Recycling and increasing output knock palladium price

June 19, 2015

Johannesburg-SA (Jun 19)  WHEN gold and silver were languishing, investors in precious metals were betting that palladium would soar as record car sales boosted demand for catalytic converters.

It turns out, though, that there is more of the metal around with recycled palladium from junked vehicles and rising mine output.

For a third consecutive year, the amount of scrap will be the highest on record, accounting for 30% of supply, Barclays predicts.

Investors amassed record holdings last August in exchange-traded products backed by palladium, which is used in catalytic converters to reduce harmful tailpipe emissions.

Since then, Chinese car sales have slowed down, mine output in SA will jump the most it has in three decades, and prices have plunged 20% into a bear market at $724.65/oz.

ABN AMRO says palladium may slip 10% further by year-end to $650, the lowest since June 2013.

"There will not be a huge increase in demand on a net basis since a lot of palladium should come back from the cars that are being replaced," said Donald Selkin, who helps manage about $3bn as chief market strategist at National Securities Corporation in New York.

Mr Selkin, who is underweight in precious metals, said palladium prices would keep falling.

Demand for new cars has sparked an increase in junked vehicles, which recyclers use to recover the few grams of palladium inside old catalytic converters.

In the US, the largest car market after China, sales last month rose at an annualised rate of 17.8-million vehicles, the fastest since 2005, according to Autodata.

That would probably mean a record 2-million ounces of palladium coming from old cars this year, said Patrick Magilligan, head of market research at A-1 Specialized Services & Supplies, a recycler of platinum-group metals based in Croydon, Pennsylvania.

Mr Magilligan said used catalysts would represent a significant supply source.

Combined with used palladium from electronics and jewellery, recycled supplies will jump 4.5% this year to 2.87-million ounces, according to London-based Johnson Matthey, which makes about a third of the world’s catalytic converters.

Supplies also would get a boost from SA, the largest producer behind Russia, after a five-month strike that cut output by the most in more than three decades.

With the walkout ended, the mines will increase production by 17%, the most since 1984, Johnson Matthey estimated.

That will trim the global production deficit to a four-year low of 100,000oz from a record 1.83-million last year, it said.

Demand was still exceeding supply, which would probably help revive prices, said Michael J McMullen, CEO at Stillwater Mining Company in Montana, the largest palladium producer in North America.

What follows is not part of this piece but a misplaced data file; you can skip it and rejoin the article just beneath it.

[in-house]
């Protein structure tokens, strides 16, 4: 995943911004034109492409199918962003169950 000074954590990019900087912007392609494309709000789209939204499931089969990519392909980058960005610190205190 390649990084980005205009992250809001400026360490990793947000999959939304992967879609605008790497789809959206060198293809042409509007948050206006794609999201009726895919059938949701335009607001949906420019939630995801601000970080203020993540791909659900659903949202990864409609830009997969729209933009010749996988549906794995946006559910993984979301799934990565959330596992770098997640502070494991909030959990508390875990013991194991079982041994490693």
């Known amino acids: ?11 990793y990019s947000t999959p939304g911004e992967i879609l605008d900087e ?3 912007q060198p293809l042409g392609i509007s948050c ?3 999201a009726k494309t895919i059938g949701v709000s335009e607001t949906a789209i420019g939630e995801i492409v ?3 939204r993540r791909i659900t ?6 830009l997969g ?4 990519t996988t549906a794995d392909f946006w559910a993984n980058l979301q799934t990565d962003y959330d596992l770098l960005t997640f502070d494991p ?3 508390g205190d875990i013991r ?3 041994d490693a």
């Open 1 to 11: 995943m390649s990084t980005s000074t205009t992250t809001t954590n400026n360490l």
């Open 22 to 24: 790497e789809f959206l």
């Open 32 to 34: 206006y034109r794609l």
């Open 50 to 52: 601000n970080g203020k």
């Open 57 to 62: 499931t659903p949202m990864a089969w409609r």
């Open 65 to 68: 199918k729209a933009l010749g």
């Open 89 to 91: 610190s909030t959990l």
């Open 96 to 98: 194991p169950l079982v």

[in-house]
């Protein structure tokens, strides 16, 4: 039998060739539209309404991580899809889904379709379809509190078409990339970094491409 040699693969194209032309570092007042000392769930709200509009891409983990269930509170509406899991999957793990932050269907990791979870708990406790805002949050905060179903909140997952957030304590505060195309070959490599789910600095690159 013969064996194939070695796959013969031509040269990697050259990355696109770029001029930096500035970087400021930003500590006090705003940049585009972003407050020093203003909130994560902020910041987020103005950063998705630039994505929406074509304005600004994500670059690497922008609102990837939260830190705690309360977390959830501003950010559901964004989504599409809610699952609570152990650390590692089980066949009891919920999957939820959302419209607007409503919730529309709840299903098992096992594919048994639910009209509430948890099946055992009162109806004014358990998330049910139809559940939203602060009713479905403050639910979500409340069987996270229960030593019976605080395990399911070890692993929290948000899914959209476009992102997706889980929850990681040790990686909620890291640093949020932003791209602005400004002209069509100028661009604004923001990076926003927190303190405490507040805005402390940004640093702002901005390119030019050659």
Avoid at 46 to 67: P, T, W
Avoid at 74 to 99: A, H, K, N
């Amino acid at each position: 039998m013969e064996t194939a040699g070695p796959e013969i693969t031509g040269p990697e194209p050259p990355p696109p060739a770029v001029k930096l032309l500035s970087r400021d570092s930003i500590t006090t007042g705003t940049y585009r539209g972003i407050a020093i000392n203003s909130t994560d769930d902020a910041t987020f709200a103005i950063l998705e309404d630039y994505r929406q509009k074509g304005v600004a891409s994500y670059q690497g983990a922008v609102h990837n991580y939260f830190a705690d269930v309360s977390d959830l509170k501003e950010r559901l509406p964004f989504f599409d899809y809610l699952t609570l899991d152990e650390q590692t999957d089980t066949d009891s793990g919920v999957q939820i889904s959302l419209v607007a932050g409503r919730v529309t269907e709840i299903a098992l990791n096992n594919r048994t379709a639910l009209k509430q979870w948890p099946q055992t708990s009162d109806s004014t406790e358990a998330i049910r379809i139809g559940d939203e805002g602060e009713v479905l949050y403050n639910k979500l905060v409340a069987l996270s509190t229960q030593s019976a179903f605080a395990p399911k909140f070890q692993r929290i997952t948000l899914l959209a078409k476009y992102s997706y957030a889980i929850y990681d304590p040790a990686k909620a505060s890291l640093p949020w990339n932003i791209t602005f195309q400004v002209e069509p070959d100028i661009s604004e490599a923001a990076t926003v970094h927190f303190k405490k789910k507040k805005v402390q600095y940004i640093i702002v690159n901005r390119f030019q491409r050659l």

Even after dropping from a 13-year high of $913/oz in August, futures on the New York Mercantile Exchange are up 50% from five years ago.

Some bullish investors remain.

Holdings in exchange-traded funds have increased to 91.9 tonnes, up from 65 tonnes in February last year, according to data compiled by Bloomberg.

Goldman Sachs on May 22 reiterated a February recommendation to buy palladium and sell platinum, a companion metal that is sometimes used as a substitute in catalytic converters.

In China, the world’s biggest car market, vehicle sales have slowed with the economy and purchase restrictions this year, while the booming stock market has diverted funds away from car purchases.

Passenger vehicle deliveries last month rose at the slowest pace for the month of May, according to the Passenger Car Association.

Russia, the largest producer, still faces international trade sanctions related to that country’s incursions in Ukraine.

Prices fell to a 16-month low on Wednesday amid concern that higher interest rates in the US would push the prices of all commodities lower. Global supplies, including mines and recycled metal, will jump 4.8% to 9.276-million ounces this year, said Johnson Matthey.

Speculators who in November 2013 were the most bullish since the US government began tracking the data in 2009 have cut their net long positions in palladium futures by 46% to 14,401 contracts, the fewest since December 2012.

"When we hit the highs in 2014, we were in the midst of a perfect storm, with supply disruptions in SA, high demand from new exchange-traded funds and threats of sanctions against Russia," said Jonathan Butler, a precious metals strategist at Mitsubishi.

"It will take some doing to get up to those levels again, given the potential for supply from recycling to feed the market."

Source: BDlive

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